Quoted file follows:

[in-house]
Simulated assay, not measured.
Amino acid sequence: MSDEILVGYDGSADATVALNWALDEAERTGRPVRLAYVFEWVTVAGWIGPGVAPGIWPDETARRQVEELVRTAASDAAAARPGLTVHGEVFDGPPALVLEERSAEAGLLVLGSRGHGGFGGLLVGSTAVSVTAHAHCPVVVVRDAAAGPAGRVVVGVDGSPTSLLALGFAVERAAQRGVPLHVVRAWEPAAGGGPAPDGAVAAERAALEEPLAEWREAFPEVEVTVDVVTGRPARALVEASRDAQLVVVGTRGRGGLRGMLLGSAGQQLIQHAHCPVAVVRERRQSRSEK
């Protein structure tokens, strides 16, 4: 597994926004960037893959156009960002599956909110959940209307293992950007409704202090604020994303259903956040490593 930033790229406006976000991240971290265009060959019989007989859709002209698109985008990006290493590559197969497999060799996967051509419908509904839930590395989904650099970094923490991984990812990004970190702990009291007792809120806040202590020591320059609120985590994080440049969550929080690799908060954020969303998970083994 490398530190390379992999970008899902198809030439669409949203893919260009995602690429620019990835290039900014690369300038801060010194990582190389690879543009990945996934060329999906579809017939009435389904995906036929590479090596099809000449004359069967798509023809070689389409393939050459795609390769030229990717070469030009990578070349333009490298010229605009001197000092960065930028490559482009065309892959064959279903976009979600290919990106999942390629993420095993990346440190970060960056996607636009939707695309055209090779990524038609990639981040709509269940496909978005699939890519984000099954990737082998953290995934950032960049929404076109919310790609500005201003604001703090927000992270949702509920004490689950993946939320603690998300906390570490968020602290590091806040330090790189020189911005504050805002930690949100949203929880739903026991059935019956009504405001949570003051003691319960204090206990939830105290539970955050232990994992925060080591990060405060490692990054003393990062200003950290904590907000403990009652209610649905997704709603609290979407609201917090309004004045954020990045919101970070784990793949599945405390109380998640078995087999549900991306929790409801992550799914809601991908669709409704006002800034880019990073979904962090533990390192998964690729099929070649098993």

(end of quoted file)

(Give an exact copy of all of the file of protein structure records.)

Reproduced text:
[in-house]
Simulated assay, not measured.
Amino acid sequence: MSDEILVGYDGSADATVALNWALDEAERTGRPVRLAYVFEWVTVAGWIGPGVAPGIWPDETARRQVEELVRTAASDAAAARPGLTVHGEVFDGPPALVLEERSAEAGLLVLGSRGHGGFGGLLVGSTAVSVTAHAHCPVVVVRDAAAGPAGRVVVGVDGSPTSLLALGFAVERAAQRGVPLHVVRAWEPAAGGGPAPDGAVAAERAALEEPLAEWREAFPEVEVTVDVVTGRPARALVEASRDAQLVVVGTRGRGGLRGMLLGSAGQQLIQHAHCPVAVVRERRQSRSEK
């Protein structure tokens, strides 16, 4: 597994926004960037893959156009960002599956909110959940209307293992950007409704202090604020994303259903956040490593 930033790229406006976000991240971290265009060959019989007989859709002209698109985008990006290493590559197969497999060799996967051509419908509904839930590395989904650099970094923490991984990812990004970190702990009291007792809120806040202590020591320059609120985590994080440049969550929080690799908060954020969303998970083994 490398530190390379992999970008899902198809030439669409949203893919260009995602690429620019990835290039900014690369300038801060010194990582190389690879543009990945996934060329999906579809017939009435389904995906036929590479090596099809000449004359069967798509023809070689389409393939050459795609390769030229990717070469030009990578070349333009490298010229605009001197000092960065930028490559482009065309892959064959279903976009979600290919990106999942390629993420095993990346440190970060960056996607636009939707695309055209090779990524038609990639981040709509269940496909978005699939890519984000099954990737082998953290995934950032960049929404076109919310790609500005201003604001703090927000992270949702509920004490689950993946939320603690998300906390570490968020602290590091806040330090790189020189911005504050805002930690949100949203929880739903026991059935019956009504405001949570003051003691319960204090206990939830105290539970955050232990994992925060080591990060405060490692990054003393990062200003950290904590907000403990009652209610649905997704709603609290979407609201917090309004004045954020990045919101970070784990793949599945405390109380998640078995087999549900991306929790409801992550799914809601991908669709409704006002800034880019990073979904962090533990390192998964690729099929070649098993």